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Oxford Concise Dictionary of Quotations
The Wiley Book of Business Quotations
Reviewed by Rachel Kramer
Speechwriters and journalists know the value of a well-chosen quote.
Some are largely contextual, as George Leigh Mallory's "Because
it's there". Some are well-known while their origins are not,
as Phineas T. Barnums's, "There's a sucker born every minute",
while others are lesser-known quotes from famous people, as Charles
de Gaulle's, "How can you govern a country which has 246 varieties
of cheese?". Still others have been remembered while their
sources have long been forgotten, as the anonymous author of "Black
For a tidy collection of literary and historical quotations, Oxford
University Press offers a revised dictionary of over 9,000 quotes
ranging from Homer, Shakespeare and the Bible, to "sound-bites
of today's politicians and pop stars." The back cover further
boasts new appendices bringing this newest edition "fully up
The new appendices are indeed fun and interesting. There are now
a handful of 'Popular Misquotations' a la "Play it again, Sam".
The selected 'Sayings of the 90s' - not as hip as one might anticipate
- are primarily political with nary a Seinfeld reference ("These
pretzels are making me thirsty!").
'Slogans' includes wartime and political propaganda like that found
on a poster showing a long queue outside an unemployment office
circa 1978, "Labour isn't working", as well as advertising
slogans like the UK Hat Council's 1965 advert, "If you want
to get ahead, get a hat".
The entries appear in alphabetical order by author, and include
birth and death dates. Within each author entry, quotations are
arranged by alphabetical order of the titles of the works from which
they are taken. Quotes from books, plays, and poems are distinguished
from those which comprise part of a published volume or collection.
A date in brackets indicates first publication in volume form of
the work cited.
A keyword index provides the page number of particular quotes and
their authors. It also indicates the number of the quote on the
page, each being numbered for that purpose.
The Oxford Concise Dictionary of Quotations is a pleasant,
compact and entertaining source of literary and historical quotations.
"There's no business like show business" is not a quote
from The Wiley Book of Business Quotations. While it contains,
"more than 5,000 insights, opinions, and witticisms about doing
business today," these are not the "Let them eat cake's"
of the quotation world. Largely drawn from the press and speeches
of business leaders, these quotes are clever, topical, alarming
and amusing, but not very familiar. Ehrlich himself offers, "Many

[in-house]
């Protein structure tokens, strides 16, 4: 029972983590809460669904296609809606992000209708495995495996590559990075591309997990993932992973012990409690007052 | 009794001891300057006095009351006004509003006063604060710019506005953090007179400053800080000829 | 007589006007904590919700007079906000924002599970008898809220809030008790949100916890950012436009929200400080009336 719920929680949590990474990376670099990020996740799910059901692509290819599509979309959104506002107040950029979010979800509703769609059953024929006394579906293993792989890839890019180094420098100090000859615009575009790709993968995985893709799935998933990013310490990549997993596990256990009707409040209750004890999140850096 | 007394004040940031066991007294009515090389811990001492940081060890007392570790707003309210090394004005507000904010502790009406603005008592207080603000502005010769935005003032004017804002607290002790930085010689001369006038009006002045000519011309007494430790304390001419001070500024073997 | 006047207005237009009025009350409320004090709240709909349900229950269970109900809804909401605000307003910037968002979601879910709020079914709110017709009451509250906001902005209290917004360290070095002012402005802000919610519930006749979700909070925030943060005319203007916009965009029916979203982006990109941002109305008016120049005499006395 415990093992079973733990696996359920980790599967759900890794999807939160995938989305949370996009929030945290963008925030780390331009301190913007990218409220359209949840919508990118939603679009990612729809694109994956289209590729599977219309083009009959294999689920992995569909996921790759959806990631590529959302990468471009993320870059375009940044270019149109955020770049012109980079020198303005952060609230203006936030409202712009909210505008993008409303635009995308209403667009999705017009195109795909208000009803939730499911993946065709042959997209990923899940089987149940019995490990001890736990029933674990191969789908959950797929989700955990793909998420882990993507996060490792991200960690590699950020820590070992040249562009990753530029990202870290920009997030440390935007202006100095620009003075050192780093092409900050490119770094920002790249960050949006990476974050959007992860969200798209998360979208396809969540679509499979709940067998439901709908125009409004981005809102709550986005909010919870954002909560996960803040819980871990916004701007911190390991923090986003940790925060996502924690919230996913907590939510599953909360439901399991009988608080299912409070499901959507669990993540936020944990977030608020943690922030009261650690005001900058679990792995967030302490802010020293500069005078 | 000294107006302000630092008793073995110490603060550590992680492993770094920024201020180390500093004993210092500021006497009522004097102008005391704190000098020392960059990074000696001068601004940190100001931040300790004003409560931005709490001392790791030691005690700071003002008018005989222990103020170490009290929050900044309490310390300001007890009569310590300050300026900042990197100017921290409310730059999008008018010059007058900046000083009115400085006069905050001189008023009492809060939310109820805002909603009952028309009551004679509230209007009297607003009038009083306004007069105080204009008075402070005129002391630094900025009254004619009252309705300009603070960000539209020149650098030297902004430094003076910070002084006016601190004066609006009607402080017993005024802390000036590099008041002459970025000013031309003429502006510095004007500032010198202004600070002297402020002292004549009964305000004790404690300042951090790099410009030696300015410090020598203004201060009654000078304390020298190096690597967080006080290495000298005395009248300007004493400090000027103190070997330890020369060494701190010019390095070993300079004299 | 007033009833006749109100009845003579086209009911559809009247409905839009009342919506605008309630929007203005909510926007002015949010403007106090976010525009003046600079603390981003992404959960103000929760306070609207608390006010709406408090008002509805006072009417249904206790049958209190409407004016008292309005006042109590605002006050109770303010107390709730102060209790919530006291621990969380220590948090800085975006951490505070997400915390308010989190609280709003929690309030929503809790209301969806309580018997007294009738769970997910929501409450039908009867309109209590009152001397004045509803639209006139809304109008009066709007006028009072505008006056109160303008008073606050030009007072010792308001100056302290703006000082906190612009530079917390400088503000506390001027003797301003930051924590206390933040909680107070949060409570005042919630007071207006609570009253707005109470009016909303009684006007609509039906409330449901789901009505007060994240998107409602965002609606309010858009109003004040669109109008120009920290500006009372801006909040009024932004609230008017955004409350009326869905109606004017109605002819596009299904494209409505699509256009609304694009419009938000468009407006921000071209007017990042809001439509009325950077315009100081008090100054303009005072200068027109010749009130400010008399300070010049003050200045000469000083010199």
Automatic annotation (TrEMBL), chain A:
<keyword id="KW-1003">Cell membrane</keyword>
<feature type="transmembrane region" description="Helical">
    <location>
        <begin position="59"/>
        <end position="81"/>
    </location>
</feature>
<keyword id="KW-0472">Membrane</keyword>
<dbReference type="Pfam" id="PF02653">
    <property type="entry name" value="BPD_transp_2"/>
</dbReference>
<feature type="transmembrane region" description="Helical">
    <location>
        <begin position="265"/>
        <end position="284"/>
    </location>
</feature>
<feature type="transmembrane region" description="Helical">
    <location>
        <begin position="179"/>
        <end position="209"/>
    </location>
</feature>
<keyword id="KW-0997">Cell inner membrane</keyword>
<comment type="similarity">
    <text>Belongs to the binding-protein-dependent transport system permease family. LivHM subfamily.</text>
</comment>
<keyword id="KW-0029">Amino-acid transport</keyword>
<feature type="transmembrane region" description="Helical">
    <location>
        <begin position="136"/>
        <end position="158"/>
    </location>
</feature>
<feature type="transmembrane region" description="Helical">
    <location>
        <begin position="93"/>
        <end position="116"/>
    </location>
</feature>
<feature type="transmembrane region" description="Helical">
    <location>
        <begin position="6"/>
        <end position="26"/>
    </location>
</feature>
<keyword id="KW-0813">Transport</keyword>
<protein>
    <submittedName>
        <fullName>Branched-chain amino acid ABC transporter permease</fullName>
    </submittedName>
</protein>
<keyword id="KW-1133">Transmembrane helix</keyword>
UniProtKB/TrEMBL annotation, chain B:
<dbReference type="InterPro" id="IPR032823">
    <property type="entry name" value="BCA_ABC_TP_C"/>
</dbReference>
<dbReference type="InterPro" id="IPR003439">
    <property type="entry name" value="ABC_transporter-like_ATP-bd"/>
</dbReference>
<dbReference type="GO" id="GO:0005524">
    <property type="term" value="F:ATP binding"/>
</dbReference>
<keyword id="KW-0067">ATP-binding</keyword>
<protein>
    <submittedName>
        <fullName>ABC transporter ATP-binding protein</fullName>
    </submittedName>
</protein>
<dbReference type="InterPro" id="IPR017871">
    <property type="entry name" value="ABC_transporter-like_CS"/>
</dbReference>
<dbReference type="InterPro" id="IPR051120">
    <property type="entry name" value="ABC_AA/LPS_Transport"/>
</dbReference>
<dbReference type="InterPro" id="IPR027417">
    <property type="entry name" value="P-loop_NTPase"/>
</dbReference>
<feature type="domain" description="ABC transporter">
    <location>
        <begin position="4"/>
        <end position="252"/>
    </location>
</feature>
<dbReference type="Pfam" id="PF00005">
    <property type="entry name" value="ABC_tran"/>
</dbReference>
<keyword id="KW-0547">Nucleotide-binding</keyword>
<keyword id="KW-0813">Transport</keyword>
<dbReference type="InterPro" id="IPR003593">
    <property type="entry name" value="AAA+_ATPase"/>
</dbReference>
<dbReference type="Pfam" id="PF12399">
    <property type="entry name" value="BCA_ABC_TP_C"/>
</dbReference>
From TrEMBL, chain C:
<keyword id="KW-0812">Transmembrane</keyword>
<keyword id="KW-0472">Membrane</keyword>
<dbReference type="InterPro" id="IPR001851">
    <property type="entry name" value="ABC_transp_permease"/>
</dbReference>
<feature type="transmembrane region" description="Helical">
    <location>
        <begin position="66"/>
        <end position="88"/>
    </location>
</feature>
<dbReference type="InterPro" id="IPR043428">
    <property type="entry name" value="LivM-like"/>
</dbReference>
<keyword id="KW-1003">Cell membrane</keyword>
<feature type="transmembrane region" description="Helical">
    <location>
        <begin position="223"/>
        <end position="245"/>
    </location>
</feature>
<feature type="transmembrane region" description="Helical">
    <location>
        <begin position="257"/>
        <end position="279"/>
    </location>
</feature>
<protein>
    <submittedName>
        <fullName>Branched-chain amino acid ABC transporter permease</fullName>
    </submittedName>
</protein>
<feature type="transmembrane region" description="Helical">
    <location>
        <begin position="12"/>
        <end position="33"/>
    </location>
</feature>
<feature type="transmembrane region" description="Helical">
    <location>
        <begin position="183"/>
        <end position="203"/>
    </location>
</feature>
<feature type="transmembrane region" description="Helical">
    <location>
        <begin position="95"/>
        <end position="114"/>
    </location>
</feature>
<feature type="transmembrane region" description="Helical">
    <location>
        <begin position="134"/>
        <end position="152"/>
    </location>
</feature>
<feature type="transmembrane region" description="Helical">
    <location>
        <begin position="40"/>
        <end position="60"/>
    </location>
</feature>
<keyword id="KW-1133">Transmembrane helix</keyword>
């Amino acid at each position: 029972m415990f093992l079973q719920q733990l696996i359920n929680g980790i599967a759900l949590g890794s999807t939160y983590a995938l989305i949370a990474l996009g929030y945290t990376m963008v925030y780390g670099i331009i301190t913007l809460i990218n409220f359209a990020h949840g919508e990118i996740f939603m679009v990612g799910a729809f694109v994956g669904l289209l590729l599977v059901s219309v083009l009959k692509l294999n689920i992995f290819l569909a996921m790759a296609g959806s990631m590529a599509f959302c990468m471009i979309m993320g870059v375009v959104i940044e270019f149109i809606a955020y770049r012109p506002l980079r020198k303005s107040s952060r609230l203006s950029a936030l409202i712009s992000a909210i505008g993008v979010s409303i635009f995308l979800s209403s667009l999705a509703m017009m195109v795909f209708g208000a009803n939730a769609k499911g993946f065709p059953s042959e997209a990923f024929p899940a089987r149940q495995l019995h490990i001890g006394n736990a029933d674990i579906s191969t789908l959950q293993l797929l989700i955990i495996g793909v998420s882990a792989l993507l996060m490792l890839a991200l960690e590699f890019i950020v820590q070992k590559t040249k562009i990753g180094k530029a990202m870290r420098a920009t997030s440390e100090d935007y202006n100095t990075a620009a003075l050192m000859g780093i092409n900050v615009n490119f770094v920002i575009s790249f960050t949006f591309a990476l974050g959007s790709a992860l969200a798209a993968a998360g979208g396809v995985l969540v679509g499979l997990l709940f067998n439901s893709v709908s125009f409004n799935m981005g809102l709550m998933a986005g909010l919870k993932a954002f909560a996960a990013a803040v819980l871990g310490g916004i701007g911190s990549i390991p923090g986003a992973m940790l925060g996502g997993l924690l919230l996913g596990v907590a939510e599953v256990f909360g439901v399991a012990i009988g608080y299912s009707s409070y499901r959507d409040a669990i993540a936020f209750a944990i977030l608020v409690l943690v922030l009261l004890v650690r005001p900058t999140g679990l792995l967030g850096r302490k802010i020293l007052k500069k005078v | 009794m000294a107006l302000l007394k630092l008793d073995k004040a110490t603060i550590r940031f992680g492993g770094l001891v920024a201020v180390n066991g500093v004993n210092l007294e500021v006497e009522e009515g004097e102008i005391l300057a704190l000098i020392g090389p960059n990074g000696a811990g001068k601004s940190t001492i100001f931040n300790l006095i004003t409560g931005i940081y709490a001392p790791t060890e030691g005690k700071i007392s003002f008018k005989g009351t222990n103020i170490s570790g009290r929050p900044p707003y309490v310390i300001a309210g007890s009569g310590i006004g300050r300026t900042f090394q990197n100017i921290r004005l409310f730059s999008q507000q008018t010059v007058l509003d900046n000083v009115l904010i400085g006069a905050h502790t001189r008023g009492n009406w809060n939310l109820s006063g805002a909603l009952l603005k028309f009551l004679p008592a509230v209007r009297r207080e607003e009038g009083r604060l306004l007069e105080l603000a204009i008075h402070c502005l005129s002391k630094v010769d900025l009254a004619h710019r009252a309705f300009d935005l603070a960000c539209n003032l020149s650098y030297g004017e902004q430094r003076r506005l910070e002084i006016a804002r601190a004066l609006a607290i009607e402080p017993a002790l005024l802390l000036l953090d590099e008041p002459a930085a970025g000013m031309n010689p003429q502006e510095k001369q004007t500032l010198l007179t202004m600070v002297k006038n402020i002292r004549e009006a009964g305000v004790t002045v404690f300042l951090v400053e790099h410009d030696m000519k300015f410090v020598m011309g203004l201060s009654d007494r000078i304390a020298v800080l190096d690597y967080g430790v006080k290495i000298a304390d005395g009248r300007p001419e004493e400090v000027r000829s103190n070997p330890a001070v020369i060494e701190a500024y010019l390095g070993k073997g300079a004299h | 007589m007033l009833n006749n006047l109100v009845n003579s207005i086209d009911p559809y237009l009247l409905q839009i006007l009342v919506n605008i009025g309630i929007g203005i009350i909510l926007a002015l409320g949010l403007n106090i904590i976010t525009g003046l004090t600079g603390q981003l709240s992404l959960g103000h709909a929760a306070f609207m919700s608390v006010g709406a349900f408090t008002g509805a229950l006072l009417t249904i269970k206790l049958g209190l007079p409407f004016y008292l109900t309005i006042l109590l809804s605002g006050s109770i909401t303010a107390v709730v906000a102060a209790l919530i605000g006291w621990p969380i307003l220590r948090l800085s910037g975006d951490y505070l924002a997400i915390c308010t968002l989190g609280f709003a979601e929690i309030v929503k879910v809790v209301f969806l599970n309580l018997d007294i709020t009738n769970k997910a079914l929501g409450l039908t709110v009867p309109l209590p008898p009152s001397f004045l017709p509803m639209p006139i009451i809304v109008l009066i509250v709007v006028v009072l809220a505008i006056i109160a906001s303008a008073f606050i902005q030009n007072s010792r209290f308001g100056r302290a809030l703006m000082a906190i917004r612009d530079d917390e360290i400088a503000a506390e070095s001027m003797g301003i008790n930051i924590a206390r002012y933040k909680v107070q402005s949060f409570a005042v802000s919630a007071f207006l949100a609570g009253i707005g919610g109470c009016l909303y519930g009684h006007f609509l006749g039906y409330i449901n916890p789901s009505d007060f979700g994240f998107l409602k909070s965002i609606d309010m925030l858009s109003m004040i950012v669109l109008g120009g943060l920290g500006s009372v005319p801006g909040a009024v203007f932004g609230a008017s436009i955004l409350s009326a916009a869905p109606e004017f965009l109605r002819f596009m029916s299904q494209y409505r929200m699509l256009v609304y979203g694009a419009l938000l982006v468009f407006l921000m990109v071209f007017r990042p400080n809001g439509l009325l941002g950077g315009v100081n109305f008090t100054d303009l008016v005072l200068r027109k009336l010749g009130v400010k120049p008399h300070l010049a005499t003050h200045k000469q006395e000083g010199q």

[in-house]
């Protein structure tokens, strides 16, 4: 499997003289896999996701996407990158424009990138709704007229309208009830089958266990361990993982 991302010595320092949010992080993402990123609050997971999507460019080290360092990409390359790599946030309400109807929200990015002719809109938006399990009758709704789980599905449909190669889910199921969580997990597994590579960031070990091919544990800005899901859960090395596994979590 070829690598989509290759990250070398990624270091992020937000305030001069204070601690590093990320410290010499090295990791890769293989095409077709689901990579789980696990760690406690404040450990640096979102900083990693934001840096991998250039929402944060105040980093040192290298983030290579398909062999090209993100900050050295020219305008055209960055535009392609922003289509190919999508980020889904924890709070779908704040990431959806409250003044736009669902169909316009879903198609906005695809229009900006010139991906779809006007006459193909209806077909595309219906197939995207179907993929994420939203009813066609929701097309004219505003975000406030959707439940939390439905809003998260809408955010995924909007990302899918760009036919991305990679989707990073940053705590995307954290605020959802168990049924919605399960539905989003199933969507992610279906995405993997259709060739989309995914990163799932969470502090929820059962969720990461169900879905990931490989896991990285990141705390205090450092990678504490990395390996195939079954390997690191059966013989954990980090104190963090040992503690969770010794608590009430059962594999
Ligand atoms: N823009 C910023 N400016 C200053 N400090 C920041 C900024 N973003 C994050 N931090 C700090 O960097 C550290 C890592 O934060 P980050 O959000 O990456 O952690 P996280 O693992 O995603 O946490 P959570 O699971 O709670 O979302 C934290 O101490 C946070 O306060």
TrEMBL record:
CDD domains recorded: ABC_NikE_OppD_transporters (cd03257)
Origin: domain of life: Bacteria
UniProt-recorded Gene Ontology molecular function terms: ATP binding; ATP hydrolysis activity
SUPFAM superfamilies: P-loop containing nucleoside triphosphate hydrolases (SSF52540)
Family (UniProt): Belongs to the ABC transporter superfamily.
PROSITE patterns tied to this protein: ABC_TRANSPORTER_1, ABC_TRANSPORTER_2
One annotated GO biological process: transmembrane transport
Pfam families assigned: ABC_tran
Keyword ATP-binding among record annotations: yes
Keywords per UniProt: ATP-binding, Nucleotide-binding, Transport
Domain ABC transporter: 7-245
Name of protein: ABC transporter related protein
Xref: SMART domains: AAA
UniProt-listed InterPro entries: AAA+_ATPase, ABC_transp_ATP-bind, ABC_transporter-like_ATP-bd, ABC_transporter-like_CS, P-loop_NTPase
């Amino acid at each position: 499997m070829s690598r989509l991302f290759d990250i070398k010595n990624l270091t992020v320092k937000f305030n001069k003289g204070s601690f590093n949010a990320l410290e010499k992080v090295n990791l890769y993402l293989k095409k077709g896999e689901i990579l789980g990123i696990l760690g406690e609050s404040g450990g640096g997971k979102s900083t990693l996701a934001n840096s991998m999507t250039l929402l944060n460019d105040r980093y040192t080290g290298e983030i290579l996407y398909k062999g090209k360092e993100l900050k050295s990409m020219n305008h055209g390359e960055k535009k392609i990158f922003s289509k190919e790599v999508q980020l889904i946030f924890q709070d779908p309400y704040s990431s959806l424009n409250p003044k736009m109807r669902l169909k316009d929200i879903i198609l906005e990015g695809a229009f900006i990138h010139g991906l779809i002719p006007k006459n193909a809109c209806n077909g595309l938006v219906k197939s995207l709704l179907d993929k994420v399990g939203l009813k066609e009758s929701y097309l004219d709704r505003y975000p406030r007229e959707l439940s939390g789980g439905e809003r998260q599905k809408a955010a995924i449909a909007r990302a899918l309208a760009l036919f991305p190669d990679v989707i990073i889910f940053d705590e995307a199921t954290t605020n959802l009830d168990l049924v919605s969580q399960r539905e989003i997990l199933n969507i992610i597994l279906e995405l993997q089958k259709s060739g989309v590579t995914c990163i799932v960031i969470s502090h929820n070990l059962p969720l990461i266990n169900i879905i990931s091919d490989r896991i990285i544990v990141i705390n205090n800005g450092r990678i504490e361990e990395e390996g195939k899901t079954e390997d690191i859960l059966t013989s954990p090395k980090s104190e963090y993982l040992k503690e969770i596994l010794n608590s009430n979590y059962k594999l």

of the entries in this book haven't been read since the magazines
disappeared from your dentist's waiting room."
"A longtime speechwriter for some of the world's most influential
corporations", editor Henry Ehrlich knows as well as anyone
how handy an appropriate business quote can be to business people,
writers and politicians.
Neatly ordered by topic and sub-topic, this collection is also
indexed by organization and by individual speaker. The topics tend
toward Wall Street with titles like 'The Global Economy', 'Banking
and Insurance', 'Business and Marketing', 'Corporations', 'Customers'
In case it wasn't clear that this book reflects the thoughts and
opinions of the pin-stripe set, the topic 'Executive Diversions'
is divided only into 'Golf' and 'Alternatives to Golf'. Within 'Golf'
are nine categories including the cute and clever 'The Grass Ceiling'.
'Alternatives to Golf' offers only 'Dogs', 'Football' and 'Shooting'.
One of the zestier categories is "Diversity and Sexual Issues".
Mingling witty, progressive quotes with jarringly offensive ones,
this section even manages to include a quote or two that attempts
to span the range, as Richard J. Ferris's (president of United Airlines),
"It is now possible for a flight attendant to get a pilot pregnant".
Each quote is accompanied by its author and its context. While some entries are entertaining a la carte, as President Herbert Hoover's, "Blessed are the young, for they shall inherit the national debt", and Mark H. McCormack's, "If Thomas Edison had gone to business school, we would all be reading by larger candles", many rely on their authors and context for their value. While that value is greatest to businesspeople, speechwriters and journalists, the modern relevance, humour and insight of The Wiley Book of Business Quotations make it valuable addition to any corner office.